Pho­to­book par­adise

The 1,600 pre­mium pho­to­books from Steidl will form a li­brary col­lec­tion in Sin­ga­pore.

The Star Malaysia - Star2 - - ART - By Nur Asy­iqiN Mo­hAMAd sAlleh

RENOWNED pub­lisher Ger­hard Steidl ( pic) has do­nated 1,600 pre­mium pho­to­books to in­de­pen­dent arts space Deck in Sin­ga­pore, to set up what is be­lieved to be South- East Asia’s first pub­lic li­brary ded­i­cated fully to pho­tog­ra­phy.

On April 8, the li­brary in Deck’s gal­leries at 120A Prin­sep Street, packed with a se­lec­tion of high- end books with a to­tal value of 100,000 ( RM451,000) will open to mem­bers of the pub­lic. The books are not for loan.

Steidl has picked ti­tles put out by his epony­mous Ger­man pub­lish­ing com­pany, among them rare items that have yet to hit the shelves of li­braries in Asia, and books by cre­atives such as Amer­i­can doc­u­men­tary pho­tog­ra­pher Joel Stern­feld, known for his large- for­mat colour pho­to­graphs, and fash­ion ti­tan Karl Lager­feld.

He says: “Th­ese are the finest books I have ever done.”

Be­spec­ta­cled and im­pec­ca­bly groomed, with a brisk, as­sured way about him, Steidl has long been re­garded pub­lish­ing roy­alty; the tire­less head of a pub­lish­ing com­pany made leg­endary by its re­lent­less at­ten­tion to de­tail.

His com­pany, started in 1972, has put to­gether and printed about 4,000 books in its four- storey premises in Got­tin­gen, Ger­many. Ev­ery one of th­ese books has passed through the hands of Steidl him­self.

The Steidl Deck li­brary, he says, will show­case some of his most in­ter­est­ing books – those pub­lished be­tween 2005 and 2015.

“I be­lieve those years are the most ex­cit­ing ones be­cause it is the peak of my know- how and, I be­lieve, the peak of fine art print­ing,” he says. “Never have there been so many good pa­pers. The ink tech­nol­ogy is de­vel­oped to the high­est stan­dards. It is the golden age of mak­ing books.”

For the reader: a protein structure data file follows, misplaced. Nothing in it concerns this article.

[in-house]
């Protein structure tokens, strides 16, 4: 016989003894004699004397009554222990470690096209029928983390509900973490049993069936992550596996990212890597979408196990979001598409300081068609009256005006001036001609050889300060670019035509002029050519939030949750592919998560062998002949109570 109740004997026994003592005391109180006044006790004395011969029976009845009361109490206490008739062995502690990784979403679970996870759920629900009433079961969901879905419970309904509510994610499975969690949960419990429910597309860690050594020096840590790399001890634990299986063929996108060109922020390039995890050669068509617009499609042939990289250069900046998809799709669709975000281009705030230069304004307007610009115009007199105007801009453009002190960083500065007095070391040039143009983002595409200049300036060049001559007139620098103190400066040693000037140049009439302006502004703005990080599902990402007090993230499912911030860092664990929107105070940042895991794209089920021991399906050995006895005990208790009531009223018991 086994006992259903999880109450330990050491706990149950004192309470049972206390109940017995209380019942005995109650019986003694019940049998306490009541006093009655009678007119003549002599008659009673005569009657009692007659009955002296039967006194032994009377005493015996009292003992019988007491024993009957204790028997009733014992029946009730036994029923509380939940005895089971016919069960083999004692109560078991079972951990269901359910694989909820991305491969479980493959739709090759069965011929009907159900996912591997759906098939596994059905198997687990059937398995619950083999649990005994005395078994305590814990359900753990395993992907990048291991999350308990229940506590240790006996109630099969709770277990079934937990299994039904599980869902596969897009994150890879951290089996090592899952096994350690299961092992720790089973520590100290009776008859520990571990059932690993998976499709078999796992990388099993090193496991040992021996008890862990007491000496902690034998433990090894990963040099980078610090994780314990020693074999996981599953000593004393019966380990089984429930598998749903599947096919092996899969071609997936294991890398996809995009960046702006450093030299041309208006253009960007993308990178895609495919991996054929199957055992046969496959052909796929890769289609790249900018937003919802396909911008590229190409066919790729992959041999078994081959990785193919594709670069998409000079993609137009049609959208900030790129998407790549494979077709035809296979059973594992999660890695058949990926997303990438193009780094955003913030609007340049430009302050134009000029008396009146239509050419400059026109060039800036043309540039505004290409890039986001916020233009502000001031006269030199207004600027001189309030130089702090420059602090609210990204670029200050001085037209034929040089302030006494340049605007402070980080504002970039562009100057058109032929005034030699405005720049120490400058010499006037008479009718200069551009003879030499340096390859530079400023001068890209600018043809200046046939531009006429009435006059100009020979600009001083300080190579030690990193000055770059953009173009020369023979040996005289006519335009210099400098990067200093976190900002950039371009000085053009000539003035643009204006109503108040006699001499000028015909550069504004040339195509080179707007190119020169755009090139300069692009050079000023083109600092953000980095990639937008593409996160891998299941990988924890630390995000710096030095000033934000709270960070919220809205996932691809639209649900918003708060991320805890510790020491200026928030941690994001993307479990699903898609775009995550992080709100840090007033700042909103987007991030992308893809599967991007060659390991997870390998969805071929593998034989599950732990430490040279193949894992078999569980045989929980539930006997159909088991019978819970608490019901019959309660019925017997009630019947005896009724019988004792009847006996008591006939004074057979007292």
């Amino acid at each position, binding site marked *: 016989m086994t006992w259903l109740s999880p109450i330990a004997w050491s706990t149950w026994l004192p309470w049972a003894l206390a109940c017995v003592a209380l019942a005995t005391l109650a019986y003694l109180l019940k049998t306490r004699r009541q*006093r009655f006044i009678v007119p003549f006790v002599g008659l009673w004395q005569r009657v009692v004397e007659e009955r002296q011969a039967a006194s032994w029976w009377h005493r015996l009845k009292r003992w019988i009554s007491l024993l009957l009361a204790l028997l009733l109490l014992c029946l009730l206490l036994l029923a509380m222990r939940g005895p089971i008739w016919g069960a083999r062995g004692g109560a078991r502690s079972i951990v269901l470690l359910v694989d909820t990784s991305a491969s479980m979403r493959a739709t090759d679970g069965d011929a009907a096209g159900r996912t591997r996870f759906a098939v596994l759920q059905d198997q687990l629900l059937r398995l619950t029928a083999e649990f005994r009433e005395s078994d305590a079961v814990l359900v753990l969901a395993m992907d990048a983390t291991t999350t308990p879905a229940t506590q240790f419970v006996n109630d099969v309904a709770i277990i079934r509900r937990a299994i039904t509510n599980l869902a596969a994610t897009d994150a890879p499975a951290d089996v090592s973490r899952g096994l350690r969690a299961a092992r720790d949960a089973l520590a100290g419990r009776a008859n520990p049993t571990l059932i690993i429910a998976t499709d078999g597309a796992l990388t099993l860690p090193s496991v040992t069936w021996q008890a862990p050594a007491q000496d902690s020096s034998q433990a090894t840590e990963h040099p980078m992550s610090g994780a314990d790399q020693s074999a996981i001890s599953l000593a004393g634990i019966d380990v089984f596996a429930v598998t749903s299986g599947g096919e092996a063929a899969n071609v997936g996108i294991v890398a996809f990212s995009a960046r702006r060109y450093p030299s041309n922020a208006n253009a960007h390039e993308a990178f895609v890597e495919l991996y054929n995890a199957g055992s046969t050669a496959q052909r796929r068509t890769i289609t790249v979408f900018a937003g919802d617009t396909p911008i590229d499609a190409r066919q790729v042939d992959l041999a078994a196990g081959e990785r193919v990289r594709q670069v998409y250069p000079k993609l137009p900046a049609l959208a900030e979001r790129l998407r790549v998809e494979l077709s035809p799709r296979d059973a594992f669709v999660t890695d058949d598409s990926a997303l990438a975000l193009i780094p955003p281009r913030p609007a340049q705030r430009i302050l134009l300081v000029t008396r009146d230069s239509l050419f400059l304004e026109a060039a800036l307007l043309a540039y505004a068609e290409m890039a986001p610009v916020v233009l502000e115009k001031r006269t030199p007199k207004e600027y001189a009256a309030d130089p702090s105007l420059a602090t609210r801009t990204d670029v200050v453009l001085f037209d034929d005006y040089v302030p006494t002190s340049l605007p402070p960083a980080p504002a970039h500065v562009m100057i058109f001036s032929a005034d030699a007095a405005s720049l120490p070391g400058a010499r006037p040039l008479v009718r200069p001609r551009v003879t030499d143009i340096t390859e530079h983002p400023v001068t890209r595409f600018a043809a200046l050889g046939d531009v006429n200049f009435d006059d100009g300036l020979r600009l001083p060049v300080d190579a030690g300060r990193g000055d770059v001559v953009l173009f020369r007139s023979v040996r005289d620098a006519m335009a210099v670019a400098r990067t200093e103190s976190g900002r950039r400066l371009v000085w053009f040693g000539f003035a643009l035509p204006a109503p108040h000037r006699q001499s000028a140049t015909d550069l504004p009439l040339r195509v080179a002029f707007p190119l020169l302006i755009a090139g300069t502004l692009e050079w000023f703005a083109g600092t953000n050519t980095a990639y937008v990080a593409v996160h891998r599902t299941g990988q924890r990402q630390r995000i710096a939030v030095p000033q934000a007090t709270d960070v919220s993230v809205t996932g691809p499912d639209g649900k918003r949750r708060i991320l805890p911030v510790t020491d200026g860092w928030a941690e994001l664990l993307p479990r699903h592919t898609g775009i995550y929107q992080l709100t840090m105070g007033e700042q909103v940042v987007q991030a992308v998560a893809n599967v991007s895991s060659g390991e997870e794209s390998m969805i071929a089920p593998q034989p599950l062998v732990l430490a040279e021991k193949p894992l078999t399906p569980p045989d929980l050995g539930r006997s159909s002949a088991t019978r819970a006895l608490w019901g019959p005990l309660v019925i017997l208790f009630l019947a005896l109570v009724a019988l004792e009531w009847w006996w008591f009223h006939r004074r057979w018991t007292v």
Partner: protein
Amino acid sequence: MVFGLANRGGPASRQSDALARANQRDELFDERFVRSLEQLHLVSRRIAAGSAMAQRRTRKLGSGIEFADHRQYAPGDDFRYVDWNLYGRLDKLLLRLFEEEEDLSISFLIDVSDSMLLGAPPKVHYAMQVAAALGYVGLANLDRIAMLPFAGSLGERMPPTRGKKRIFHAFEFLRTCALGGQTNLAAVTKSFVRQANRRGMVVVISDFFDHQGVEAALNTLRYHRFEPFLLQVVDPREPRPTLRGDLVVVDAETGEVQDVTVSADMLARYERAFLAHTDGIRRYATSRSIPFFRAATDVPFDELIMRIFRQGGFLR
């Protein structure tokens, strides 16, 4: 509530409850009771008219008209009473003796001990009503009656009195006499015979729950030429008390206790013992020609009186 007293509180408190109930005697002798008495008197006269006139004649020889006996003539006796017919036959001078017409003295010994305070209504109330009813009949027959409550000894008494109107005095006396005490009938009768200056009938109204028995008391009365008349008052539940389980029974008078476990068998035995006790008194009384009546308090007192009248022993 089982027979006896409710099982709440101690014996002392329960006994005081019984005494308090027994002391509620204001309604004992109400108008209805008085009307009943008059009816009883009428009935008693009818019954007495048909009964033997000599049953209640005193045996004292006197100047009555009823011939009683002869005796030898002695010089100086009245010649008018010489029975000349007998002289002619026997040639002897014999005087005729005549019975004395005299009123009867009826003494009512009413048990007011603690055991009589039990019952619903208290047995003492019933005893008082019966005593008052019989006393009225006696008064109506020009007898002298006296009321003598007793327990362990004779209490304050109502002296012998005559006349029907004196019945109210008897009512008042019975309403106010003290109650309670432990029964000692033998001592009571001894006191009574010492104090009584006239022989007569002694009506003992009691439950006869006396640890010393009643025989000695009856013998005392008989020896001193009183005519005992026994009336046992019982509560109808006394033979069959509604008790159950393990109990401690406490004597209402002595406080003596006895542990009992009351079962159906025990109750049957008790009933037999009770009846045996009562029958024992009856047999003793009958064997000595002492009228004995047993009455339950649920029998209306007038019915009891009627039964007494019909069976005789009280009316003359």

Deck founder and di­rec­tor Gwen LeeL h hopes theth pho­to­bookh t b k li­brary will not just be a source of know wledge and in­spi­ra­tion, but also o where peo­ple with a pas­sionn for pic­tures can con­nect with on ne an­other.

An ac ccom­pa­ny­ing ex­hi­bi­tion thatt gives an in­ti­mate pe eek into the art of book kmak­ing will run fro om April 8 to May 22 . Mr Steidl will be giv­ing a mas­ter­class s and lecture on book kmak­ing and pub blish­ing at D Deck on the open­ing g day.

Both he and De ck have bi ig plans fo or the libr rary – they h hope to even ntu­ally tak ke it aroundd Asia.

This re­gion is rel­a­tively new ground for him, but he has found a re­sound­ing in­ter­est in book­mak­ing here.

He says: “There is a real hunger, a thirst, to get in con­tact with phys­i­cal books, to be con­nected with the old world and the tra­di­tional cul­tural con­cepts of Europe.

“That is some­thing Asia is look­ing for. I think the young here will pick up th­ese ideas, but change them into new pro­cesses and prod­ucts. My hope is that the new ideas swim back to Europe and change our lives too.”

Af­ter all, in­dus­trial prod­ucts – re­frig­er­a­tors, cell­phones, cars – man­u­fac­tured in Asia have al­ready found their way to the rest of the world, he adds.

“It’s very hard to find ob­jects of cul­ture from Asia in Euro­pean or Amer­i­can stores now. But I think it would not be sur­pris­ing if th­ese ob­jects pro­duced in Asia, like books, swim back into our cul­ture in the fu­ture.”

The vet­eran of a bat­tered book in­dus­try, for years gripped by un­cer­tainty over its sur­vival and fears that the ad­vent of e- books might bring about its col­lapse, is fiercely op­ti­mistic about the fu­ture of the printed book.

“Years ago, ev­ery­body was say­ing that the print­ing in­dus­try and the book in­dus­try are a dy­ing species. That’s sim­ply not true,” he says, point­ing to how e- b book k salesl h have stag­nated in re­cent years.

“So the phys­i­cal book is in a very healthy con­di­tion. There is more

in­ter­est and more de­mand. It is like a lit­tle rev­o­lu­tion. Af­ter years of be­ing frus­trated that the phys­i­cal book mar­ket might be shrink­ing, it’s like we’re tak­ing a step into a new age of mak­ing books.”

He at­tributes this to the leaps in tech­nol­ogy for mak­ers of books them­selves and chang­ing at­ti­tudes of the mod­ern reader, who is now more ed­u­cated when it comes to cul­ture and vis­ual mat­ters.

He has ded­i­cated decades of his life to his books, but each day brings with it a new thrill. Even now, he speaks of the printed book with a sur­pris­ing ten­der­ness. “For me, the next book I’m do­ing is al­ways the most ex­cit­ing one. So when I wake up in the morn­ing, I’m look­ing to what I can do to­day.”

Steidl, who has no chil­dren of his own, adds: “I am not fin­ished yet. It’s like when you have chil­dren and you have to grow them, and you can’t say one day is enough, now I’m fin­ished.

“My chil­dren – my books – are still very young, so I need a lot of time to grow them and bring them to life.” – The Straits Times, Sin­ga­pore/ Asia News Net­work

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